The Mechanical Universe on Demand
February 6, 2008 8:52 AM   Subscribe

The Mechanical Universe...and Beyond is a critically-acclaimed series of 52 thirty-minute videotape programs covering the basic topics of an introductory university physics course. This well produced and highly informative 52 episode series, hosted by David Goodstein of Caltech, is available as Video on Demand (Note: simple registration required to view videos).

This series is an excellent combination of physics history, theoretical description, mathematical formulation using computer graphics and in class demonstrations.
posted by FuturisticDragon (28 comments total) 114 users marked this as a favorite


I watched this series on PBS as a kid and was blown away by the graphics. Not just as a technical feat but also with how clear they made everything. My dad taped them at the time and copied them to CD for me a few years ago and I still get goosebumps when they derive the instantaneous velocity of a falling body for reasons I can't even explain1. The animated equations...yes.

Unfortunately my copies are pretty crappy (broadcast -> VHS + 20 years -> CD) so this is awesome news.

1Or maybe I can: I am a nerd.
posted by DU at 9:00 AM on February 6, 2008

Fantastic! Absolutely terrific. Between this and MIT's OCW (Walter Lewin's excellent and entertaining 8.01 Classical Mechanics lectures and 8.02 Electricity and Magnetism lectures, I'm continually delighted by physics and electricity. It's things like these that make me more hungry for knowledge than ever before.

Great post. THanks for turning me on to this great series.
posted by SteelyDuran at 9:07 AM on February 6, 2008 [1 favorite]

The DVD rips are available on your finer bittorrent trackers as well.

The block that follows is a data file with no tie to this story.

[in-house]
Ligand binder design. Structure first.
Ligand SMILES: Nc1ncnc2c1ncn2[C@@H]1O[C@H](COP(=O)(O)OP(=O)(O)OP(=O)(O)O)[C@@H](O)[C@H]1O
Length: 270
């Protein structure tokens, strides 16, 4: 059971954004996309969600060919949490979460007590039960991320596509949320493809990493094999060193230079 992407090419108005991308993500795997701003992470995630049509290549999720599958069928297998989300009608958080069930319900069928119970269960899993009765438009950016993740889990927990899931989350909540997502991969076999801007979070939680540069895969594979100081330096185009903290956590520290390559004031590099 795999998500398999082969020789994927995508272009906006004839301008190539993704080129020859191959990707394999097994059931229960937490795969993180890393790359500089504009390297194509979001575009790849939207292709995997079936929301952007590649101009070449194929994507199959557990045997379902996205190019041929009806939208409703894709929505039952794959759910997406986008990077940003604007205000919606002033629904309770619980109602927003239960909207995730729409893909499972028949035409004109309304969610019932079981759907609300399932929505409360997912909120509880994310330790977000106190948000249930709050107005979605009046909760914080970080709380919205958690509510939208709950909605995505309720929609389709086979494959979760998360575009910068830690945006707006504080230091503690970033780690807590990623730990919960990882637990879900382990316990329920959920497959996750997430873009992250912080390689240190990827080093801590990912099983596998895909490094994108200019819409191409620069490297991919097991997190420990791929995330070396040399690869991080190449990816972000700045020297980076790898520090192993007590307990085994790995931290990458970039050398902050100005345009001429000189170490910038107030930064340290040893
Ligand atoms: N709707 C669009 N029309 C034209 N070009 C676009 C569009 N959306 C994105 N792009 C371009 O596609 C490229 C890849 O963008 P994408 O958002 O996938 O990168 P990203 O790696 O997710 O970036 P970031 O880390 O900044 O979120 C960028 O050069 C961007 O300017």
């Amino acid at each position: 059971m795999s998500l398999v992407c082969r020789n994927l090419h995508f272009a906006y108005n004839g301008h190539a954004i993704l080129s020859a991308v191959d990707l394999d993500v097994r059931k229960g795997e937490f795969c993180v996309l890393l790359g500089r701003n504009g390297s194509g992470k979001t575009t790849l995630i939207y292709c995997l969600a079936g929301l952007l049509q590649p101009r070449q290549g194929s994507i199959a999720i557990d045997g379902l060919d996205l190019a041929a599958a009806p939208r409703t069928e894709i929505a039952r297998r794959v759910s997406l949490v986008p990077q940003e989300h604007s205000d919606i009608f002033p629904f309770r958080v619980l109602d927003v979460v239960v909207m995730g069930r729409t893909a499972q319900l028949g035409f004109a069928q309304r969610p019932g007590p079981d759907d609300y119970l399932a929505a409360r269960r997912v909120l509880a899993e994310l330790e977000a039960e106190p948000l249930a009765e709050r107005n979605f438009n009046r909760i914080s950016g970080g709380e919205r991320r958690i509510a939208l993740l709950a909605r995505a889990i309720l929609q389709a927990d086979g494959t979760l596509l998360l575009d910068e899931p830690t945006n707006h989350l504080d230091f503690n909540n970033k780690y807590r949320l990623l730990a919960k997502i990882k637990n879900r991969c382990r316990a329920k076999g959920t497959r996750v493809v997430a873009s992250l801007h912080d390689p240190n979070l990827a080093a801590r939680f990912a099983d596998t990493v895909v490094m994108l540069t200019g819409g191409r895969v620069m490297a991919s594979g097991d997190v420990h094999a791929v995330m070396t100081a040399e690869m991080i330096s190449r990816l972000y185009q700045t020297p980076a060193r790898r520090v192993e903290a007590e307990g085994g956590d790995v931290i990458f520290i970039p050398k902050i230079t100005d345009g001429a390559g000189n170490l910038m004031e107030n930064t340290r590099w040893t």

It's a darn good thing I've got more hard drives in the mail.
posted by Skorgu at 9:11 AM on February 6, 2008

On a side note: What's a good resource for learning math?
posted by SteelyDuran at 9:14 AM on February 6, 2008

1Or maybe I can: I am a nerd.

Intellectual goosebumps are a rare and beautiful thing, to be treasured indeed.
posted by Turtles all the way down at 9:19 AM on February 6, 2008

What's a good resource for learning math?

I took calculus in college but never really understood it. (I could take derivatives and find integrals and whatnot, but couldn't apply them to a problem.) Then I worked through a basic undergraduate course in physics. The example problems essentially teach you practical calculus at the same time as physics, so now I understand both much better.

If you need to learn algebra first, maybe not such a great place to start.
posted by DU at 9:22 AM on February 6, 2008

Steely: Paul's Online Math Notes is a clear, though pretty dense, run through introductory university maths.
posted by nicolas léonard sadi carnot at 9:26 AM on February 6, 2008 [5 favorites]

This is great thank you so much for posting.
posted by nola at 11:11 AM on February 6, 2008

These are awesome. If only I'd known about it while I was still taking Physics :(
posted by pantsrobot at 11:26 AM on February 6, 2008

Goodstein was my freshman physics prof. I seem to recall that ours was the first class for which these materials were used in their finished form. Ah, those were the days...
posted by Slothrup at 11:32 AM on February 6, 2008

Yay! Yay! Yay!

Point of interest: Goodstein was a colleague of Feynman's in his latter days, and was surely pedagogically influenced by him.
posted by e.e. coli at 11:52 AM on February 6, 2008

Watching these as a kid led me to later realize that I benefit from a visual style of instruction. I, too, was blown away at the concision with which they were able to express complex or unintuitive ideas in physics and math.
posted by sdodd at 12:01 PM on February 6, 2008